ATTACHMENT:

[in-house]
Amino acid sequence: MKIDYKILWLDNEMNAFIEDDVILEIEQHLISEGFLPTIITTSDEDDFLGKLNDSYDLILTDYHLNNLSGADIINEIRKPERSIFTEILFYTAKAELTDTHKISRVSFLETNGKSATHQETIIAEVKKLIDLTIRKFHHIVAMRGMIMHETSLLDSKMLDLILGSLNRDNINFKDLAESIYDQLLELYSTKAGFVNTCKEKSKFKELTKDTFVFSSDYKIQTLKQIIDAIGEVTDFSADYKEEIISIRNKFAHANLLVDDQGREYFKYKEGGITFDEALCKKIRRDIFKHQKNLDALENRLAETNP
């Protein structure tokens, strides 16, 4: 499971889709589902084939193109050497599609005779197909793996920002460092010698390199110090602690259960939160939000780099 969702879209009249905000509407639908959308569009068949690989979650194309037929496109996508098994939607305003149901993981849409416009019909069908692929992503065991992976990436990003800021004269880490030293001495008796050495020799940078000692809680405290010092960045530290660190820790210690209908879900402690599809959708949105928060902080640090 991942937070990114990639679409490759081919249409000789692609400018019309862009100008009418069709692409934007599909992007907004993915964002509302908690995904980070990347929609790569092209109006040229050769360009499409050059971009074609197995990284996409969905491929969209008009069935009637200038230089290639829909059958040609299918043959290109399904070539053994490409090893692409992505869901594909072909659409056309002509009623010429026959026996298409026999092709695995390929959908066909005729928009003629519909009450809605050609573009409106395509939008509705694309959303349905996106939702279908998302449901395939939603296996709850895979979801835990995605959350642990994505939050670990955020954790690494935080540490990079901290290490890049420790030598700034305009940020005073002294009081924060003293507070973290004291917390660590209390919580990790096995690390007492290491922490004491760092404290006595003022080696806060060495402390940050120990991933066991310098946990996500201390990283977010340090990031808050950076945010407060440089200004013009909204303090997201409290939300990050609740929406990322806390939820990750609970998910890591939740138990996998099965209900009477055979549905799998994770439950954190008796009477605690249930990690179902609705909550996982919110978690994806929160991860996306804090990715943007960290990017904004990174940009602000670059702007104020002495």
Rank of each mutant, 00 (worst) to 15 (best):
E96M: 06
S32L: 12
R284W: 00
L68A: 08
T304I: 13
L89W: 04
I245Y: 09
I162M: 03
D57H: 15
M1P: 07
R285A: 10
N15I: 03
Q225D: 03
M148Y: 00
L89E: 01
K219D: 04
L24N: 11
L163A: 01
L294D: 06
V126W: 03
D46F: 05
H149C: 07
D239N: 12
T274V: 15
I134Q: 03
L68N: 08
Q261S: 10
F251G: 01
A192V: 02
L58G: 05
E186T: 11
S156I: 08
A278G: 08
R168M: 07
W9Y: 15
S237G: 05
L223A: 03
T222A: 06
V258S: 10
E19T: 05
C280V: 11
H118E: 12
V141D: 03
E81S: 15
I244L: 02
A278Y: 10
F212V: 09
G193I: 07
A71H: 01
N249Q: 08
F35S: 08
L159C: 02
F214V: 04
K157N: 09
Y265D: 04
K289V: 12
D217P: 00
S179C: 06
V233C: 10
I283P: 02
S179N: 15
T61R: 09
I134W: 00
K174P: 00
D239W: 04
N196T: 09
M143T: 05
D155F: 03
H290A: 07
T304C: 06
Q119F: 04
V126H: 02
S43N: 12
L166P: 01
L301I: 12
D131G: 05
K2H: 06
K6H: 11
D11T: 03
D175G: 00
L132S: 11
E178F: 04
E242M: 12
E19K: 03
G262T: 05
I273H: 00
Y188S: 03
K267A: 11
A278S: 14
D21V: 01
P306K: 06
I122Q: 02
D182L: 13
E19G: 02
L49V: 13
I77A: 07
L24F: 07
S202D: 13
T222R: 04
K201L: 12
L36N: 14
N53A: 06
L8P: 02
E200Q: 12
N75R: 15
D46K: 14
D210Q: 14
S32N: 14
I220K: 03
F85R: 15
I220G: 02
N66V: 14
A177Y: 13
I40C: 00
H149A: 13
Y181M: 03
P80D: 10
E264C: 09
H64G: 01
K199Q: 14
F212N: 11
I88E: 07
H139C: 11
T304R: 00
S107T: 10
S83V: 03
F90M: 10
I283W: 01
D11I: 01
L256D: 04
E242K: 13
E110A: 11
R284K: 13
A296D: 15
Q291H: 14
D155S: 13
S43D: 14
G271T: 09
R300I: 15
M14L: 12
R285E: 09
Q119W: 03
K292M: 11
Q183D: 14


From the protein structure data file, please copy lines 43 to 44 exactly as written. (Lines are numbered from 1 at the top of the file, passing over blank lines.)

V258S: 10
E19T: 05